SPOKANE, Wash. — Air America, struggling in bankruptcy, finds a buyer.
Sen. Chris Dodd, D-Conn., announces his candidacy for president on Don Imus’ radio program.
Howard Stern continues to say whatever he wants on air.
Yes, radio is still a lively medium.
And, oh yes, from the confines of a cloistered monastery, five Poor Clare nuns broadcast truth and Catholic wisdom to an audience of 750,000.
The Poor Clares’ odyssey into broadcasting was inspired by a comment made by Pope John Paul II, who suggested that even those confined to monasteries must involve themselves in the work of evangelizing the world.
Poor Clare Sister Patricia Proctor took that idea to heart and entrusted the effort to Mary.
“I knew putting the Blessed Mother in charge would be miraculous,” she commented, “I just didn’t realize how miraculous!”
The journey began several years ago, when the community, based in Spokane, Wash., decided to reach out beyond their enclosure. What evolved was one of the largest greeting card websites on the Internet, franciscancards.com.
Soon they developed an inspirational “Thought for the Day,” e-mailed to 10,000 subscribers. Their increasing visibility prompted a request for Sister Patricia to do a weekly broadcast for Radio Maria in Louisiana.
Sister Patricia researched the possibility of buying radio time closer to home, approaching Catholic stations for input, discussing the idea with her bishop, and asking for feedback from her mailing list.
The research connected her with a group of lay Catholics who had inaugurated a station in the Seattle area. Sacred Heart Radio AM 1050 was purchased in March 2001, with programming 24 hours a day, seven days a week. Ron Belter and Bob Gunderson of Sacred Heart Radio told Sister Patricia of their desire to expand their operation eastward, across the state. They offered their help in searching for air time.
Then unexpected support arrived by e-mail.
Out of Africa
Hearing of Sister Patricia’s interest in radio, Sister Janet Fearns of Yatsani Radio in Zambia offered support and suggestions. Sister Janet, a member of the Franciscan Missionaries of the Divine Motherhood, impressed Sister Patricia with her stories of transforming her diocese by a radio presence. Radio Yatsani created a bond by featuring individuals with particular areas of expertise from a different parish each month for a one-hour show. One was a nurse who did a program on issues facing mothers caring for children. This “parish team” approach strengthened the relationship among local Church communities.
Sister Janet, who now works with Vatican Radio, introduced Sister Patricia to Jesuit Father Eustace Sequeira, a fellow broadcaster in Africa, soon to be appointed to the Pontifical Biblical Institute. Father Sequeira urged Sister Patricia “to get a radio station at any price” as this was “the best way to evangelize.”
They started by purchasing time from a Spokane station, allowing them to broadcast two one-hour programs. With Belter’s help, they eventually found another station, which increased their air time to four hours.
Unknown to Sister Patricia, Belter made an offer to purchase an available Spokane station. The “letter of intent” arrived on June 3, 2005, the Solemnity of the Sacred Heart of Jesus.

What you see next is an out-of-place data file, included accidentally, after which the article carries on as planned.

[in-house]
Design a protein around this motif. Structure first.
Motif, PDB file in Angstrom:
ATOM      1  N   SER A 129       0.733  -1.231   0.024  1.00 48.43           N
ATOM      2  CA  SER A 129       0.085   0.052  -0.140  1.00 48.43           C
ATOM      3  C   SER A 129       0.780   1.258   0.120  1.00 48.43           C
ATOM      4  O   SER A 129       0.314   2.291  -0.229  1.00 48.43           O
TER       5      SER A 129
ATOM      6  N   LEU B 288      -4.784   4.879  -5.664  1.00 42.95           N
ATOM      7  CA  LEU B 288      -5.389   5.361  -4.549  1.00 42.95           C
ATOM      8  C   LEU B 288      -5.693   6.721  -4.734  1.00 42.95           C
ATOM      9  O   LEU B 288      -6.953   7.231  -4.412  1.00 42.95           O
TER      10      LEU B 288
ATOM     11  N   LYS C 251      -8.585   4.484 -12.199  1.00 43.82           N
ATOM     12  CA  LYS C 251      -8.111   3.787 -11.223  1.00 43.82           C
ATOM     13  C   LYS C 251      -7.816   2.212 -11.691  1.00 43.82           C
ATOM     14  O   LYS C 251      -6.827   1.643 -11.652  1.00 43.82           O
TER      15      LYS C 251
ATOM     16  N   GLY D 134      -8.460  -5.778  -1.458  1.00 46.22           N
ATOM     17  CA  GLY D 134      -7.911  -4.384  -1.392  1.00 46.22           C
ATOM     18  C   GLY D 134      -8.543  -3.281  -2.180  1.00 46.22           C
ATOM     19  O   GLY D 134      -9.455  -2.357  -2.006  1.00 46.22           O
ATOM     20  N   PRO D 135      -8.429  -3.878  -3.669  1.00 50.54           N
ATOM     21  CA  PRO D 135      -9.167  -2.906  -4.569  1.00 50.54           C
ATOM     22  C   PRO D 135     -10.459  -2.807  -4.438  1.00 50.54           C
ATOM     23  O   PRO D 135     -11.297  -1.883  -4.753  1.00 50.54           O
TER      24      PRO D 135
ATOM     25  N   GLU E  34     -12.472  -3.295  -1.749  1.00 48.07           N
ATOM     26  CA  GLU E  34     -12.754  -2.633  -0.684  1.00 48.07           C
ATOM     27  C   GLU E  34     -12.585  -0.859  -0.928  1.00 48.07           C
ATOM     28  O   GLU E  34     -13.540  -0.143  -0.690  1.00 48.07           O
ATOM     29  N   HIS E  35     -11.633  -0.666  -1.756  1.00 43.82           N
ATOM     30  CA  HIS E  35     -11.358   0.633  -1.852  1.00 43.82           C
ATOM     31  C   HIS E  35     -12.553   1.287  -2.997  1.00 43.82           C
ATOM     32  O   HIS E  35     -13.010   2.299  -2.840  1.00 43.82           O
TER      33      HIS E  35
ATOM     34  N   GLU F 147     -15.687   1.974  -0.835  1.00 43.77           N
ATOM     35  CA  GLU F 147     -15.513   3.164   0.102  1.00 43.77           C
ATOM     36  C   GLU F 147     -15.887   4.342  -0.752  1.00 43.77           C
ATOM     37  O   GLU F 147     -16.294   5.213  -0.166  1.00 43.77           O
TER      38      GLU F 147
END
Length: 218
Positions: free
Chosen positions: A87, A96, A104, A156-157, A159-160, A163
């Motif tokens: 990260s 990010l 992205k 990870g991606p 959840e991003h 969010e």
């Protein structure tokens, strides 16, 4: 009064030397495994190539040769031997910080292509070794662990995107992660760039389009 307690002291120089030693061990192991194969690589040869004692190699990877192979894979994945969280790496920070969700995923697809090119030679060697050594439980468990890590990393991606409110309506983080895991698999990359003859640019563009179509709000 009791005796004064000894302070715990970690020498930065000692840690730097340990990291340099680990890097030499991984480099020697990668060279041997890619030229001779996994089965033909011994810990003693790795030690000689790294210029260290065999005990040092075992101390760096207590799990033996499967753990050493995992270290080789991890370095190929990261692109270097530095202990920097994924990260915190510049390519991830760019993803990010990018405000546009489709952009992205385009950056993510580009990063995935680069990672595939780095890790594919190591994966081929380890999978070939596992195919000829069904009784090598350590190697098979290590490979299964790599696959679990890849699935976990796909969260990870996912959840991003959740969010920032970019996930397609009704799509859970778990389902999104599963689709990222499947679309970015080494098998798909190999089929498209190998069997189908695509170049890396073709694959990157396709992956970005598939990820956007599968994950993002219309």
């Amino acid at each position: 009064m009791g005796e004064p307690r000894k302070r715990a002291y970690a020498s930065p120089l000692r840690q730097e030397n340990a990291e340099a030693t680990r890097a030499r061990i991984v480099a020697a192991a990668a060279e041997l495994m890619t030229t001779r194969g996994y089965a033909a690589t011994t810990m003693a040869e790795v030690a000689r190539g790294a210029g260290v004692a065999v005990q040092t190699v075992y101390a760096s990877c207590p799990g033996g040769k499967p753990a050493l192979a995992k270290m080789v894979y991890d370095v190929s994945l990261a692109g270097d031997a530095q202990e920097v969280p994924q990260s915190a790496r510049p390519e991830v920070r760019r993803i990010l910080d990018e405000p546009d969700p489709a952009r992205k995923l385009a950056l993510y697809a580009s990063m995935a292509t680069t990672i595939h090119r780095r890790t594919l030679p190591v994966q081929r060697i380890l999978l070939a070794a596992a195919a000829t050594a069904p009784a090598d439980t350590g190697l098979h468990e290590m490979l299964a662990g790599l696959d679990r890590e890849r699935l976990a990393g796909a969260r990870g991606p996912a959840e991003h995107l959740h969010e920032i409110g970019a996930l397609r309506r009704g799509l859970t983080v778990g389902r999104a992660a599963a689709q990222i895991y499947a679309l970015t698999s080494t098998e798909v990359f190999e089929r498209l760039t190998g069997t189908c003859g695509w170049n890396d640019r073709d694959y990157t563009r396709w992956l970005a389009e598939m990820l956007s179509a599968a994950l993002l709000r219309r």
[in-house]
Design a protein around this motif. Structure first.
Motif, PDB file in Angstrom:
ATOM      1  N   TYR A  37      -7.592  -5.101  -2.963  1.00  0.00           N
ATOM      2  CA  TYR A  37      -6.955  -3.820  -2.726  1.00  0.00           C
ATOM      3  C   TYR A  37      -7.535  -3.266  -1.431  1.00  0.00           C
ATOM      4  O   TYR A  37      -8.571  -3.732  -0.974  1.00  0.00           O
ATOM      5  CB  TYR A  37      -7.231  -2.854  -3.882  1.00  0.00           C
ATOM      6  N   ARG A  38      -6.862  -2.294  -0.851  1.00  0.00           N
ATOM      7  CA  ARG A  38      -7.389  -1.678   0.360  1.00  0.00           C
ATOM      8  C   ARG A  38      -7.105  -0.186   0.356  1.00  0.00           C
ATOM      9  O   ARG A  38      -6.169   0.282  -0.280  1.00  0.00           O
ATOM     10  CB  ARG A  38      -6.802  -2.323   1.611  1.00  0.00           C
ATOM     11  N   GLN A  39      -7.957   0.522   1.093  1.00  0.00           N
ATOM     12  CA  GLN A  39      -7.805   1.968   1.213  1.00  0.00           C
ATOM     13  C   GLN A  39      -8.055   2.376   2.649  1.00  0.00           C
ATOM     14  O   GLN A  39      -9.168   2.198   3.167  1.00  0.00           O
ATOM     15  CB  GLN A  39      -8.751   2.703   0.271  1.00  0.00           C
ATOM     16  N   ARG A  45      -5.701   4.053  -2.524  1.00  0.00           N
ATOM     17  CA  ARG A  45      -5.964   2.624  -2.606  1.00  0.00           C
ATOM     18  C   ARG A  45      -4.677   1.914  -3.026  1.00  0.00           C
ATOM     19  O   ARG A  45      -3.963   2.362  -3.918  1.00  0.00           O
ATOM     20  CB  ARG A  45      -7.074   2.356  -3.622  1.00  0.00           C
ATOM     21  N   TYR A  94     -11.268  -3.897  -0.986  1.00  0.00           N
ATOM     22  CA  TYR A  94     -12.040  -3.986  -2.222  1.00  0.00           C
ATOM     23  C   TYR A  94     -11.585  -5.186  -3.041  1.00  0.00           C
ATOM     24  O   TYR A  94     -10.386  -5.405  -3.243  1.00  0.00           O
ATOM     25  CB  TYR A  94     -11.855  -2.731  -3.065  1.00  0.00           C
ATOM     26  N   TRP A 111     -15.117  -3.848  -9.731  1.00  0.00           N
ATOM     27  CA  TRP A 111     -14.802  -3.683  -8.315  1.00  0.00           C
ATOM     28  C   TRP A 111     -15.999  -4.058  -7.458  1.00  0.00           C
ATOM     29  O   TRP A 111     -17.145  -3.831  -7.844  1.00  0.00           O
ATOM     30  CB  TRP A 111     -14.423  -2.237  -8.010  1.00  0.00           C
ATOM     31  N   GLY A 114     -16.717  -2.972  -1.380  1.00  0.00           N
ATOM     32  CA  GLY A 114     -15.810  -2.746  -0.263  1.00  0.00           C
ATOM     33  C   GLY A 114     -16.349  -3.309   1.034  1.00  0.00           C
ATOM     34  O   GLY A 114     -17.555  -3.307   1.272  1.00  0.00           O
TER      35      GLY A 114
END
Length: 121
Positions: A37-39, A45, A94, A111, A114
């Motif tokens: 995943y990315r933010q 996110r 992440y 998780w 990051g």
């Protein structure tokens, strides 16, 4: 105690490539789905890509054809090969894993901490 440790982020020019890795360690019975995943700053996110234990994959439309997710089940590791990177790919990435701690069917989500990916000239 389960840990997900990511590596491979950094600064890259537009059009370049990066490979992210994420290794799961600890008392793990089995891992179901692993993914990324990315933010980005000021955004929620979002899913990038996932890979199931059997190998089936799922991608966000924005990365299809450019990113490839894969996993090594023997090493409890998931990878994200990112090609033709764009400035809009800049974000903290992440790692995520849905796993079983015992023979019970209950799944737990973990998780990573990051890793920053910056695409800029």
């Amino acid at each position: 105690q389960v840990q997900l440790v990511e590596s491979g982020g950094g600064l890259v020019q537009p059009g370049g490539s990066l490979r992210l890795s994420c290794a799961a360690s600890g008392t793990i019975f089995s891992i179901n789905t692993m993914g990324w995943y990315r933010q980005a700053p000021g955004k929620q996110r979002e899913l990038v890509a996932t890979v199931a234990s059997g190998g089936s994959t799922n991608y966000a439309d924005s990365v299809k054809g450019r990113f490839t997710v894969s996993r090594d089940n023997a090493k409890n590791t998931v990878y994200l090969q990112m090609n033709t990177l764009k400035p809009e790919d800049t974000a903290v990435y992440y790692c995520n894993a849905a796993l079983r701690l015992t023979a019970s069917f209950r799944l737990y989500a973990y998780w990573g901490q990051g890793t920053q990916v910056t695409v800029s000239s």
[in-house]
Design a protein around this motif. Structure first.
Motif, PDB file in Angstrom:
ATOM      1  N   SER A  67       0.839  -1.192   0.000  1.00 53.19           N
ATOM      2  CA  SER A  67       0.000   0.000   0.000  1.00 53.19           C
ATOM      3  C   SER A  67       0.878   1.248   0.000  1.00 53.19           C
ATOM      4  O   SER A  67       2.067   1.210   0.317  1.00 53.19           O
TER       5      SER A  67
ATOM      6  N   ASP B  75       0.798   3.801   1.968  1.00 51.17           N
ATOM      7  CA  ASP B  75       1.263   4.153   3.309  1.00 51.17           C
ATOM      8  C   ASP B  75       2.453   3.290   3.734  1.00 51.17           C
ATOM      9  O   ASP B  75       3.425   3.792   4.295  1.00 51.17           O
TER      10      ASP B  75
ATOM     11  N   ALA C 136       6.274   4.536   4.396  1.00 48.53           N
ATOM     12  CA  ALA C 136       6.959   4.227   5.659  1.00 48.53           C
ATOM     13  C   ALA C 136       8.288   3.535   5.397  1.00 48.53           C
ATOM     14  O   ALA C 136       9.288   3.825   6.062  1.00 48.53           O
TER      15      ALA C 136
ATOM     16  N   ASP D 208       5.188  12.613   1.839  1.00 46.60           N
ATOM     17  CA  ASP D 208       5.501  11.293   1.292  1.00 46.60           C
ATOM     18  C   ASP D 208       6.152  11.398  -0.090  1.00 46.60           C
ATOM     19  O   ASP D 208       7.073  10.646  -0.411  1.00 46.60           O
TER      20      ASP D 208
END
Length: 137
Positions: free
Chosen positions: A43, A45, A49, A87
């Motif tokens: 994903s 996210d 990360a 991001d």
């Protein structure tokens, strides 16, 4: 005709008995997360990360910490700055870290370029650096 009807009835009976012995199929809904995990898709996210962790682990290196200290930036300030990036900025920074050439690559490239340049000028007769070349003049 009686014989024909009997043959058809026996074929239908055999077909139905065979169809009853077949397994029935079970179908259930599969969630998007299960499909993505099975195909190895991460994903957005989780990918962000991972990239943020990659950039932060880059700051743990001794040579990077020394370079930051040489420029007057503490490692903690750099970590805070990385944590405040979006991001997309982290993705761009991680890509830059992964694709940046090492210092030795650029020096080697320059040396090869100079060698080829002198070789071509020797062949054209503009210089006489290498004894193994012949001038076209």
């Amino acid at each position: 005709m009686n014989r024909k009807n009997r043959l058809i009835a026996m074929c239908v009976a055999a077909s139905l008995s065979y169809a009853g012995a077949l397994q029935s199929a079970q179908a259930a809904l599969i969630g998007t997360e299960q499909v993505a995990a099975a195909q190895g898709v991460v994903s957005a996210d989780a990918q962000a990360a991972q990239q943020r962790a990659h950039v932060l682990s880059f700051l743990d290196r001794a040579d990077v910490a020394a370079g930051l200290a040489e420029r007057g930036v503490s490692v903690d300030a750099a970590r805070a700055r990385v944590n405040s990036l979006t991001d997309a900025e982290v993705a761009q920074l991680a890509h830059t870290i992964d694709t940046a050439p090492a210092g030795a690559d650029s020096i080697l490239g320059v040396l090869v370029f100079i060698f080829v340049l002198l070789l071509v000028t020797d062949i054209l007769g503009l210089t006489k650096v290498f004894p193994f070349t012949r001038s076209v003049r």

In September 2005, Sacred Heart Radio began broadcasting as KTTO Spokane AM 970. As Pope John Paul was the inspiration for the new station, it seemed only fitting to incorporate his apostolic motto of “Totus Tuus” in the call letters. “TTO” stands for “Totus Tuus Oremus” (“Totally Yours in Prayer”).
In a small, 10-foot-by-10-foot cell in the cloister of the Franciscan Monastery of St. Clare, Sacred Heart Radio Spokane now operates around the clock.
From its secluded location, its 5,000-watt signal, sent from a 700-foot tower on a Spokane hill, reaches from mid-Washington state in the west to just inside Montana to the east, as far north as the Canadian border and south to Oregon.
Both Sacred Heart Radio in Seattle and its “sister station” in Spokane are affiliates of Eternal Word Television Network (EWTN) headquartered in Birmingham, Ala., using much of their programming to fill their schedules.
The monastery also provides about an hour of local programming each day — the Rosary, an events calendar and interviews of local people involved in various ministries. Sister Patricia has incorporated Sister Janet’s idea of highlighting “teams” from around the area. For instance, she has the head of Catholic schools for the diocese interviewing teachers, students, principals and parents. There is also occasional commentary by Spokane Bishop William Skylstad, president of the U.S. Conference of Catholic Bishops.
Local reactions have been positive. Longtime Spokane resident Tex Gaston said that the information he gets from shows like “Catholic Answers Live,” Father John Corapi’s talks, Father Mitch Pacwa’s commentary and Raymond Arroyo’s interviews have filled in the gaps in his own understanding of Catholicism.
“We don’t get much in the way of teaching on the Catechism or on the Ten Commandments from the pulpit these days,” he said.
For Gaston, Catholic radio “takes care of that.”
Elenor Schoen writes from